Nature reserve at Kings Dyke named UK’s ‘most bio-diverse’ following celebrity visit from BBC Springwatch presenter
A Fenland nature reserve has been named the most bio-diverse following a visit from BBC Springwatch’s Chris Packham.
The Kings Dyke Nature Reserve, established on the site of a former brick yard, won top spot out of 50 other sites in the UK.
The Whittlesey site was among others visited by the BBC’s Chris Packham as part of his independent wildlife audit named ‘Bioblitz’.
The Springwatch presenter said: “We’ve been overwhelmed by the hard work put into Bioblitz by teams at sites up and down the country.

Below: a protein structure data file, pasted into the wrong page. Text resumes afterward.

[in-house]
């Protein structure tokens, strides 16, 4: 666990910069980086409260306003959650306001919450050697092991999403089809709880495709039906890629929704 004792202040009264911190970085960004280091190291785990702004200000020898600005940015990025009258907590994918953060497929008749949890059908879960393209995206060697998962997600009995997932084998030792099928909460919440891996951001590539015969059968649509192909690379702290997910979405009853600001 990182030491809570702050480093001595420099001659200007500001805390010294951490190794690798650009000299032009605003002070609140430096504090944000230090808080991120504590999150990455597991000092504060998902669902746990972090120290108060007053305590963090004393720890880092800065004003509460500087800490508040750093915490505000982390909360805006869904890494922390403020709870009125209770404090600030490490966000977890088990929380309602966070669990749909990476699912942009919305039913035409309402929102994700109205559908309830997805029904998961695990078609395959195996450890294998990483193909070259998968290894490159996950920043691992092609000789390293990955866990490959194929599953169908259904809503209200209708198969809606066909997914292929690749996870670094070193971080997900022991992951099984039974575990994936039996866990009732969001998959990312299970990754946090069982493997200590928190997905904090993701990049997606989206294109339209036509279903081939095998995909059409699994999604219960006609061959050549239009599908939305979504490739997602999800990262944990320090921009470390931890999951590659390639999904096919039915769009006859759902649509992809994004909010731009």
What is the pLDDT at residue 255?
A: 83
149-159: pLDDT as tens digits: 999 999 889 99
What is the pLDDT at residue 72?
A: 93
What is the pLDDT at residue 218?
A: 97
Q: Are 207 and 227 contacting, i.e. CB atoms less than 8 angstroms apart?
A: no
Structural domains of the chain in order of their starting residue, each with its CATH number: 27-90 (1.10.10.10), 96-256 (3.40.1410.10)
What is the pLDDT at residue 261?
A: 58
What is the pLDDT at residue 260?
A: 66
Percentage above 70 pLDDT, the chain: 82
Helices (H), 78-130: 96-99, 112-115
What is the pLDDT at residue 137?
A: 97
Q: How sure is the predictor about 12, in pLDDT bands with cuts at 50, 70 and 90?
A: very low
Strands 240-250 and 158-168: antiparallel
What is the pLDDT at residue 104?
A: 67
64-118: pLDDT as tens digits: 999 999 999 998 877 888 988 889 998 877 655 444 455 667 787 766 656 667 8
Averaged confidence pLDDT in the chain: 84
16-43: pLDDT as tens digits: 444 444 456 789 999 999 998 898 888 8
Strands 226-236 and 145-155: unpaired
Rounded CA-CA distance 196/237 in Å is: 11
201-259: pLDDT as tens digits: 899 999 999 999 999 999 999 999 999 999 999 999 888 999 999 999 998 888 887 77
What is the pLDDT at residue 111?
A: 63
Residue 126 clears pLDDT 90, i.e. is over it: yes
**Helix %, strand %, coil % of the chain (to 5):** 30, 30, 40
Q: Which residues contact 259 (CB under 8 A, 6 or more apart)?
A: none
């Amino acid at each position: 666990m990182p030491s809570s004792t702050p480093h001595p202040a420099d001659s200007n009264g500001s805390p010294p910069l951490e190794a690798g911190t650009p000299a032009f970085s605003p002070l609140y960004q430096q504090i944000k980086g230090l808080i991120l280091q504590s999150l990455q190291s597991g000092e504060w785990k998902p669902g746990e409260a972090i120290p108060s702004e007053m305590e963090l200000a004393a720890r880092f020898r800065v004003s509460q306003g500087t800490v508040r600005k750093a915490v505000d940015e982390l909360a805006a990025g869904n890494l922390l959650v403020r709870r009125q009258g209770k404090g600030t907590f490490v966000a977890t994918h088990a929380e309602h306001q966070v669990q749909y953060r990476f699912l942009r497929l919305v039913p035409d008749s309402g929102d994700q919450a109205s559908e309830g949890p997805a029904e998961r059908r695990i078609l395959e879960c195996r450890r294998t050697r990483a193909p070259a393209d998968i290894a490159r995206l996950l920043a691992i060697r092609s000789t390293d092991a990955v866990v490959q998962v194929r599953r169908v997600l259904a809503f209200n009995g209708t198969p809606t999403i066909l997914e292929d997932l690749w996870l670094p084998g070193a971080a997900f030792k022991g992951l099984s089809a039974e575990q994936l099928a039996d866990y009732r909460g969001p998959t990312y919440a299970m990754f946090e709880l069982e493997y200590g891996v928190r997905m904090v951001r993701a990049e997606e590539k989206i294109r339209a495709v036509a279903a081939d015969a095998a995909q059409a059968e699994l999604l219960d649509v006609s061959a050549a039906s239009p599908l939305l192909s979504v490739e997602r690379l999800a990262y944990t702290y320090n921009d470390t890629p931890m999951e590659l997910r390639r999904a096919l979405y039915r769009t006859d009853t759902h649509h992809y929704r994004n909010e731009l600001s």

“The data that suggests that former brownfield sites – quarries in this instance – offer the most diverse spread of species. This deserves further investigation.”
Kings Dyke is owned by building products manufacturer Forterra, and is the home of the London Brick.
Volunteers recorded 1,139 different species of wildlife during the survey, making it the most diverse of all 50 wildlife sites.
Philip Parker, who runs the reserve, said: “We were delighted with the results of Bioblitz and we are proud of the biodiversity of our Nature Reserve.
“We hope that the research team’s findings will help us to educate and inspire future visitors to the site.
“We would like to thank Chris Packham, his team and all the volunteers who visited us to take part in Bioblitz.”
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